Tuna has been preserved in jars for a very long time—possibly longer than you might think! Early in the 1900s, as businesses searched for a replacement for tinned sardines, tuna canning gained popularity in the United States. With an annual import of over 300 million pounds of the canned ocean fish, canned tuna soon rose to the top of the list of preserved meat items for American consumers. The majority of canned tuna is imported into the United States from Asian nations including Thailand, Indonesia, Vietnam, and the Philippines, although part of it also comes from South American nations like Ecuador.

Due to the lack of abundance of the fish in the adjacent oceans, tuna is rarely harvested or packed domestically in the United States. It turns out that the reason tuna was first popular with American customers was because, although being a fish, it actually doesn’t taste all that “fishy,” and its white hue is more like chicken.

The home of bluefin tuna.

The North Atlantic pelagic ecosystem and its surrounding seas, particularly the Mediterranean Sea, are where bluefin tuna are most commonly found. Geographically speaking, their population is dispersed across the whole North Atlantic, from Mexico to the Black Sea and from Ecuador to Norway. This particular tuna species is the only one that is able to survive year-round in the temperate seas of the Atlantic.

Bluefin tuna has two distinct populations or stocks: a smaller one in the western Atlantic that spawns in the Gulf of Mexico, and a larger one in the eastern Atlantic that is spread out over the East Atlantic, the Mediterranean, and, in the past, the Black Sea, with the Mediterranean Sea serving as the spawning area.

Additionally, it appears that bluefin tuna have a tendency to return to their original breeding grounds, which are located in both the Mediterranean and the Gulf of Mexico. This suggests that both populations’ adult and juvenile individuals forage together, especially near the coasts of North America and the mid-Atlantic.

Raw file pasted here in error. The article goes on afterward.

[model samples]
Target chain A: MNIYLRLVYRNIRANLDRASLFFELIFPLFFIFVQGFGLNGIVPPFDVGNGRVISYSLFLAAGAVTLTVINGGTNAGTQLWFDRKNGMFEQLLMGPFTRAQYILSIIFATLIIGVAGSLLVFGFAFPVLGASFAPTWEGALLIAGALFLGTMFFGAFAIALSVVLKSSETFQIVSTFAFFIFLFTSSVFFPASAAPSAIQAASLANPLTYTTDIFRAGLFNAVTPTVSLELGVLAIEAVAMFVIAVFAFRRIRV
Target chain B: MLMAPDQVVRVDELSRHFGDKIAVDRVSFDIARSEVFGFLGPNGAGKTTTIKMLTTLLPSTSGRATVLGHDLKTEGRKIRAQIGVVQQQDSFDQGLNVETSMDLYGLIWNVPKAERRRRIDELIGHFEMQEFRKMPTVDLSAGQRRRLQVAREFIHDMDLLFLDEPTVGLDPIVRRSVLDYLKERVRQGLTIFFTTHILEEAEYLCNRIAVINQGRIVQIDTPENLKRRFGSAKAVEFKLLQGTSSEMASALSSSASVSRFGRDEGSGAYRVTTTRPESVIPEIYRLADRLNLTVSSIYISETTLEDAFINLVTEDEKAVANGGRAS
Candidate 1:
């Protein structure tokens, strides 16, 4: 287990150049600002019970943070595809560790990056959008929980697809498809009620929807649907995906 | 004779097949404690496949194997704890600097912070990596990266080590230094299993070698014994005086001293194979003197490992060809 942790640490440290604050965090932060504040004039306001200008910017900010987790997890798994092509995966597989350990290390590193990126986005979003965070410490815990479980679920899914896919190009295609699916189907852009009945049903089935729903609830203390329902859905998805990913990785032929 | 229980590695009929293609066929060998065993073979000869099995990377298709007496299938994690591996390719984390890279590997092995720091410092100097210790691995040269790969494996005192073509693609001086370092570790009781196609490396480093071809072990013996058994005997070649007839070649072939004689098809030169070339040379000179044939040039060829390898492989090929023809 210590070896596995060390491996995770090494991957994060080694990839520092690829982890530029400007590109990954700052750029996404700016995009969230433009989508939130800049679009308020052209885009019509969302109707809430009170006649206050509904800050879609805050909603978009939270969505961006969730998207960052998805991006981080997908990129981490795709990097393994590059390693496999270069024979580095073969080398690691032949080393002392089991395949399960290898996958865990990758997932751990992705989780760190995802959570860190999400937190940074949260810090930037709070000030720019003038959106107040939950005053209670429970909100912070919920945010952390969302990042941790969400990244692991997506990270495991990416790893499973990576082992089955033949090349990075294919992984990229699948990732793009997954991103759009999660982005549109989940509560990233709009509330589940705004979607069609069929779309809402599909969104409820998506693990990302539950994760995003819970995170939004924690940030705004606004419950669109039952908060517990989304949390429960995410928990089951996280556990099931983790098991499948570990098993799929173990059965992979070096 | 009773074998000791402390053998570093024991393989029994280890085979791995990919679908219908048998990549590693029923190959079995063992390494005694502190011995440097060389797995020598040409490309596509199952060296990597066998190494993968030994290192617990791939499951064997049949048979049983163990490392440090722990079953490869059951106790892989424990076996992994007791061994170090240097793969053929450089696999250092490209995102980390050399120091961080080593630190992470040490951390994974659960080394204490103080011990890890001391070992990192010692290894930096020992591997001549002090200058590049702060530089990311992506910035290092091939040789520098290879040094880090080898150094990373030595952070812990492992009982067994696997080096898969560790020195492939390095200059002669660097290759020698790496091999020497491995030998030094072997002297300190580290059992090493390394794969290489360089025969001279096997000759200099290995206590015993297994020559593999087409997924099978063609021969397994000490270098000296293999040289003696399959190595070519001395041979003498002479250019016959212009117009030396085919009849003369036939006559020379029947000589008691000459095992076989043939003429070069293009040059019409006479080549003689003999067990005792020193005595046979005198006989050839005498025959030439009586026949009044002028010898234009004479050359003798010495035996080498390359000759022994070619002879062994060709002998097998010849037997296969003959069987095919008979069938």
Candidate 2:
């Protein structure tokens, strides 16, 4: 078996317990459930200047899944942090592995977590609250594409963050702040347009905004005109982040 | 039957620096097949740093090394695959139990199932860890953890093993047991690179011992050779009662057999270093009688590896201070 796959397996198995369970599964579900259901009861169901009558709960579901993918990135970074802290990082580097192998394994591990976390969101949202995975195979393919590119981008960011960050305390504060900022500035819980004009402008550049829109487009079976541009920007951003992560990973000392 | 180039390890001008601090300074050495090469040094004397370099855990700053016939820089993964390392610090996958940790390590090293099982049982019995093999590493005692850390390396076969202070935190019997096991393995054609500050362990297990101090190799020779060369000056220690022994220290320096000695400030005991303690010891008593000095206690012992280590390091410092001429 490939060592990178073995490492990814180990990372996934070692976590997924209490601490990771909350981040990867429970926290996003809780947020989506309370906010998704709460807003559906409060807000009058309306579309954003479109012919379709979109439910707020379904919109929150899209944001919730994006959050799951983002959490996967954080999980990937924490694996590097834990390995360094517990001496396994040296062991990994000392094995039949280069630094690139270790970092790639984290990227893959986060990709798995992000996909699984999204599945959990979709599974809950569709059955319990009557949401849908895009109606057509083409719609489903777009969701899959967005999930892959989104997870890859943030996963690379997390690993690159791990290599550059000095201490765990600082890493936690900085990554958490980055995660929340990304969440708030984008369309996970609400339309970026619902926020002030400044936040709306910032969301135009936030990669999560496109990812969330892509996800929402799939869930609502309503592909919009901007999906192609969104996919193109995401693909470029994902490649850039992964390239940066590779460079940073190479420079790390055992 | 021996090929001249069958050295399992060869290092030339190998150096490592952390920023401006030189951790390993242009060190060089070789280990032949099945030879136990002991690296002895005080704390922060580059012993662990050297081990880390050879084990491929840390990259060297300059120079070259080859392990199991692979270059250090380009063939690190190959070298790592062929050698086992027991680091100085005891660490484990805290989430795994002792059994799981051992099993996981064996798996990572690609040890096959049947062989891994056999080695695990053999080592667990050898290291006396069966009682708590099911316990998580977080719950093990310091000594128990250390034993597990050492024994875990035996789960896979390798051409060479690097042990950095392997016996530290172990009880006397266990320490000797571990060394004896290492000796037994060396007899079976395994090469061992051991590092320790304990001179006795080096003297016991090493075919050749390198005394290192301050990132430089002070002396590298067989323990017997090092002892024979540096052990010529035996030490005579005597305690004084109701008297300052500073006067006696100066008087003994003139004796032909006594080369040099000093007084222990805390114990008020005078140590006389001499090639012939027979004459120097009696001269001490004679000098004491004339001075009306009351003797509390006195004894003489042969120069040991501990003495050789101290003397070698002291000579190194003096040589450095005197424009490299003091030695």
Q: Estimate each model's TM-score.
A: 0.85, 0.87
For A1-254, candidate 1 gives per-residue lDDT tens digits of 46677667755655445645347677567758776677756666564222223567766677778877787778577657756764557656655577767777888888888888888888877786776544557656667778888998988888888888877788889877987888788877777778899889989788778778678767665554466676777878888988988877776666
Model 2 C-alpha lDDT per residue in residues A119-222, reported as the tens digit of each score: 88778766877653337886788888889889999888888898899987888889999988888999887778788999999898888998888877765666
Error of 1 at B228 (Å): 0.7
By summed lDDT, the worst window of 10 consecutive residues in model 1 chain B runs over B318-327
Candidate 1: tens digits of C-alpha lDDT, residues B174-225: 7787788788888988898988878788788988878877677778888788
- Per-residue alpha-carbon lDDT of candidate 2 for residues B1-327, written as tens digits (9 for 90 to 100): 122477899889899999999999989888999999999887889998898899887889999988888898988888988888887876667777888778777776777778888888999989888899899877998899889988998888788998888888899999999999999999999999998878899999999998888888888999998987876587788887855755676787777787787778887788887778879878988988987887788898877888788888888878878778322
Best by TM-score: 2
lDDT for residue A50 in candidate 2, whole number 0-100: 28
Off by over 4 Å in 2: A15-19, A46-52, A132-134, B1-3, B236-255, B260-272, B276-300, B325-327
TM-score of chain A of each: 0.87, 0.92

The Background of Tuna

One of the most consumed fish in the world and a dependable food source, tuna has this distinction.

While tuna cans can be found on shelves in kitchen cabinets all over the world, renowned restaurants also serve the high-protein, low-fat seafood.

But one of the biggest sandwich shops in the world, Subway, is facing criticism for reportedly not including tuna in its tuna sandwich. A class-action complaint alleging that Subway’s tuna sandwiches “are absolutely devoid of tuna as an ingredient” was filed in a federal court in Northern California. The case, which was filed in January, claims that Subway’s tuna is a “combination of diverse concoctions that do not represent tuna,” not “tuna and not fish.”

In a news release, Subway strenuously refutes the accusations, claiming that it uses “100% wild-caught, cooked tuna, blended with mayonnaise and utilized in freshly produced sandwiches, wraps, and salads that are given to and appreciated by our guests.”

In addition to garnering media attention, the lawsuit has brought attention to tuna, which is the second most popular fish and seafood in Britain and the United States, after salmon. According to Grand View Research, a company based in California, the two countries with the highest consumption of canned tuna are the United States and Europe.

According to the analysis, the market for canned tuna was worth $8.57 billion (USD) in 2020 and is projected to increase by 4.7 percent from 2020 to 2027. The estimated revenue for 2027 is $11.89 billion.

Japan and other nations place a great value on fresh tuna. For instance, it is said that the best bluefin tuna in Japan can sell for $200 per pound. A bluefin tuna that weighed 276 kilograms (608 pounds) that was auctioned off at Tokyo’s Toyosu fish market in 2020 brought in 193.2 million yen ($1.8 million).

Since the 18th and 19th centuries, Japan and the Pacific Islands have relied heavily on tuna, and historians estimate that tuna fishing in the Mediterranean dates back at least 2,000 years.